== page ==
Davies triumph was a ‘bit of a blur’

Welsh young gun Rhys Davies captured his first European Tour title with a brilliant display in Morocco on Sunday.

Pencil slim Welshman Rhys Davies captured his first European Tour title with a brilliant final-round display in Morocco on Sunday.
The 24-year-old former Walker Cup amateur – he was a team-mate of Rory McIlroy’s in 2007 – lifted the Hassan Trophy by two shots after a closing seven under par 66 at Royal Dar Es Salam.
Davies trailed South African Louis Oosthuizen by three with 15 holes to play, but birdied eight of the next 11 and took the £207,666 first prize with a 25 under total of 266.
For Oosthuizen, who was unable to whisk up the magic of his third round which he led after a superb 64, posted a closing 70 to claim his fourth runners-up finish on the European circuit, while Frenchman Thomas Levet, Spaniard Ignacio Garrido, Finn Mikko Ilonen and another South African, Thomas Aiken, shared third place, five strokes further back.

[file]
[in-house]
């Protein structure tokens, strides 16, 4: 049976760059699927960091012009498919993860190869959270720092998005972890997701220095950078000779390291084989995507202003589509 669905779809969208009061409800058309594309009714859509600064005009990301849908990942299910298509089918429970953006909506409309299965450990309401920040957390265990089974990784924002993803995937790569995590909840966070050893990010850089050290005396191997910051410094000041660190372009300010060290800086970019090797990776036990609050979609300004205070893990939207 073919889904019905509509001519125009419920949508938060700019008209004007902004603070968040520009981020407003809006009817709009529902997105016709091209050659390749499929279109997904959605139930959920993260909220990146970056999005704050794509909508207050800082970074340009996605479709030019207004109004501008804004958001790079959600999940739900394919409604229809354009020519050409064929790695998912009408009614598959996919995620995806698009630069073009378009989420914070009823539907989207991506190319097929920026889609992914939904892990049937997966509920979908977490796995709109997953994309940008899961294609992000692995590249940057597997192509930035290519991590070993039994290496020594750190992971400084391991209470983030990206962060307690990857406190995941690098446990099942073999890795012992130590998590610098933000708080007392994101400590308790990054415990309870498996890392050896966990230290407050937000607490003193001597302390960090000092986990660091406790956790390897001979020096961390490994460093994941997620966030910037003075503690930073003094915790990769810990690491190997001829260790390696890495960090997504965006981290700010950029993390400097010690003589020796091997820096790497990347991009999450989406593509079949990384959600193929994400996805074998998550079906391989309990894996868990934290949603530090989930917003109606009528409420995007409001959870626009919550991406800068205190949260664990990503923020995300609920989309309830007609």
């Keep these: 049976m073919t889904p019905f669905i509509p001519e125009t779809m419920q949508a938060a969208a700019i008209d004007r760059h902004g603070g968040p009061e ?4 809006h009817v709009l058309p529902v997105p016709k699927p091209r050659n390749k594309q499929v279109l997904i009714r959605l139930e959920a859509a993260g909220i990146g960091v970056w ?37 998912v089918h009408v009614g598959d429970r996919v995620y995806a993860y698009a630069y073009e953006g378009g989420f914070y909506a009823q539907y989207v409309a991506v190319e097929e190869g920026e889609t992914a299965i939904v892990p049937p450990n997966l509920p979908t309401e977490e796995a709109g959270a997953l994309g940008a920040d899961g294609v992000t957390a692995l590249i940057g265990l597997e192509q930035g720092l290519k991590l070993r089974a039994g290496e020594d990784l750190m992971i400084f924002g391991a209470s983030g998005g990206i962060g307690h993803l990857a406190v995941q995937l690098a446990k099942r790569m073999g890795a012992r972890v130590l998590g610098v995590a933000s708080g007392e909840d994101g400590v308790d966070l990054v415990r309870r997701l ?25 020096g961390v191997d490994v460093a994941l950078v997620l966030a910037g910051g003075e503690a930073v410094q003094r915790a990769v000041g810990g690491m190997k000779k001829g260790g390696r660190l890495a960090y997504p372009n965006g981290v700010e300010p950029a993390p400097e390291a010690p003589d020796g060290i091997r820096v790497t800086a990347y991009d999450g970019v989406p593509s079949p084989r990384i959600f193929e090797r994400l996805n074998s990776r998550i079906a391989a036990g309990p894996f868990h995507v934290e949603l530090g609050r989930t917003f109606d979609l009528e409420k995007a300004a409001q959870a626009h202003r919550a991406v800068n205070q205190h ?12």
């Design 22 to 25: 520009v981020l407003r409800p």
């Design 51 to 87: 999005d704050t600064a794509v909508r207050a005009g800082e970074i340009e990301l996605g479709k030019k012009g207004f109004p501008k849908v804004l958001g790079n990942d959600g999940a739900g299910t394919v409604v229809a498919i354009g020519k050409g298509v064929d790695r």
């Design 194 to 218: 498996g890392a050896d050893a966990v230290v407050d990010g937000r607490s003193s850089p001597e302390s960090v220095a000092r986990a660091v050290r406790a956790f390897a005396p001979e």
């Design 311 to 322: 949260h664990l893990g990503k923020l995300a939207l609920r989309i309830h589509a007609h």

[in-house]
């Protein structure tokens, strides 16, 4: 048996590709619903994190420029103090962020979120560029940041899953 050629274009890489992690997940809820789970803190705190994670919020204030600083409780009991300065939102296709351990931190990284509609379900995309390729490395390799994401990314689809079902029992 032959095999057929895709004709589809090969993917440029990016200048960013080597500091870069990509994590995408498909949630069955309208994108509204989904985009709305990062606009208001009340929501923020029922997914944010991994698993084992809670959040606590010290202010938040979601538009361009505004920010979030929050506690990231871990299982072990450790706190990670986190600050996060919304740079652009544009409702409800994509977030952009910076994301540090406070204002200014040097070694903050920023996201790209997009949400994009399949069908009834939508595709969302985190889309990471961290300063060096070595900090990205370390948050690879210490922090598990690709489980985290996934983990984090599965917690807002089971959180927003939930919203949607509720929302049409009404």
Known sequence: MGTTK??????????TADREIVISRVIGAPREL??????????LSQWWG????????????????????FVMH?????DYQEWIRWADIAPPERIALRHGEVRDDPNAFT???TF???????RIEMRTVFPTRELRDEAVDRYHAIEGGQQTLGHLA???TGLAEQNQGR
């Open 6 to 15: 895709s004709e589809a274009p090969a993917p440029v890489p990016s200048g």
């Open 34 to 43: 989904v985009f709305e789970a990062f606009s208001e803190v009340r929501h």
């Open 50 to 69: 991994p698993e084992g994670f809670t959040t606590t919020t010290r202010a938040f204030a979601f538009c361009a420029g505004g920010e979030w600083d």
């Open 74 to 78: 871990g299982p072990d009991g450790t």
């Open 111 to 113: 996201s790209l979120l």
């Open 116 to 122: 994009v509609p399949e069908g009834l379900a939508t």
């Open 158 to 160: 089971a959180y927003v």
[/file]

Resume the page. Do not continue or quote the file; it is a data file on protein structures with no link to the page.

Davies, whose magnificent putting was perhaps key to his victory, was a little stunned by his European Tour breakthrough.
In his first full season on the circuit after twice failing to come through the qualifying school, Davies could not quite believe it after he finished a superb 25-under par at Royal Des Es Salam.
“I’m a little bit lost at the moment – this is all completely surreal to me,” said the former British boy champion and American college star.
“I didn’t really think very much out there. It was all a bit of a blur.”
Told about his eight birdies from the fourth to the 14th the Bridgend golfer admitted: “I didn’t know I did that.
“I just felt I could make every putt and felt in control of my swing. That was the best I’ve hit it all week.”
Davies closed with a seven under par 66 to overtake 54-hole leader Louis Oosthuizen, the South African being forced to settle for his fourth runners-up finish on the European Tour.
Wales, of course, are staging the Ryder Cup for the first time in October.
Davies, third and first on his last two starts, has become his country’s only player in the world’s top 100, but is not thinking about Celtic Manor just yet.
“That’s way out of my equation at the moment,” he added.
“This is the first win, hopefully the first of a few, and it’s really special.”